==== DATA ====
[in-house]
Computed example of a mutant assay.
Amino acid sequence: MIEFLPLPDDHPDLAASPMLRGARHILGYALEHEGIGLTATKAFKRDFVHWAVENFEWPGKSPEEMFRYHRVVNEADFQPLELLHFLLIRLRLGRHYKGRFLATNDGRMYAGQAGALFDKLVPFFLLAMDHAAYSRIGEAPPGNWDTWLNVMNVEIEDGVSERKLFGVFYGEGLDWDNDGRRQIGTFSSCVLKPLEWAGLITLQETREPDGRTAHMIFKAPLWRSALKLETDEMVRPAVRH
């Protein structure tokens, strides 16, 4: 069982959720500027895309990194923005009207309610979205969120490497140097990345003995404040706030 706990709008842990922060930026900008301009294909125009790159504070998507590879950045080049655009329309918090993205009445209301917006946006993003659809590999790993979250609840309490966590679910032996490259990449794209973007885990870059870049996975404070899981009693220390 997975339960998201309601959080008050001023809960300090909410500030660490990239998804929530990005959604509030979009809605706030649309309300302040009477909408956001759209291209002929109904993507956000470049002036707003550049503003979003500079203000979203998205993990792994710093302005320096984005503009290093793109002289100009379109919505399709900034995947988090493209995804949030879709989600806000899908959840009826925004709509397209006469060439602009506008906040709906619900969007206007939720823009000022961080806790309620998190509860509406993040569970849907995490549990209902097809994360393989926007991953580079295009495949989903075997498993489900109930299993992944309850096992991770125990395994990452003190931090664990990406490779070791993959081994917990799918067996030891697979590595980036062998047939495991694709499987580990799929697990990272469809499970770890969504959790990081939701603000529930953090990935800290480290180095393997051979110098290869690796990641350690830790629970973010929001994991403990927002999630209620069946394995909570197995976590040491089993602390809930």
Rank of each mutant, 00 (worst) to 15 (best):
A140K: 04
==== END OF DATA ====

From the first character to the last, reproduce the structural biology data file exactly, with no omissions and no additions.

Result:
[in-house]
Computed example of a mutant assay.
Amino acid sequence: MIEFLPLPDDHPDLAASPMLRGARHILGYALEHEGIGLTATKAFKRDFVHWAVENFEWPGKSPEEMFRYHRVVNEADFQPLELLHFLLIRLRLGRHYKGRFLATNDGRMYAGQAGALFDKLVPFFLLAMDHAAYSRIGEAPPGNWDTWLNVMNVEIEDGVSERKLFGVFYGEGLDWDNDGRRQIGTFSSCVLKPLEWAGLITLQETREPDGRTAHMIFKAPLWRSALKLETDEMVRPAVRH
């Protein structure tokens, strides 16, 4: 069982959720500027895309990194923005009207309610979205969120490497140097990345003995404040706030 706990709008842990922060930026900008301009294909125009790159504070998507590879950045080049655009329309918090993205009445209301917006946006993003659809590999790993979250609840309490966590679910032996490259990449794209973007885990870059870049996975404070899981009693220390 997975339960998201309601959080008050001023809960300090909410500030660490990239998804929530990005959604509030979009809605706030649309309300302040009477909408956001759209291209002929109904993507956000470049002036707003550049503003979003500079203000979203998205993990792994710093302005320096984005503009290093793109002289100009379109919505399709900034995947988090493209995804949030879709989600806000899908959840009826925004709509397209006469060439602009506008906040709906619900969007206007939720823009000022961080806790309620998190509860509406993040569970849907995490549990209902097809994360393989926007991953580079295009495949989903075997498993489900109930299993992944309850096992991770125990395994990452003190931090664990990406490779070791993959081994917990799918067996030891697979590595980036062998047939495991694709499987580990799929697990990272469809499970770890969504959790990081939701603000529930953090990935800290480290180095393997051979110098290869690796990641350690830790629970973010929001994991403990927002999630209620069946394995909570197995976590040491089993602390809930």
Rank of each mutant, 00 (worst) to 15 (best):
A140K: 04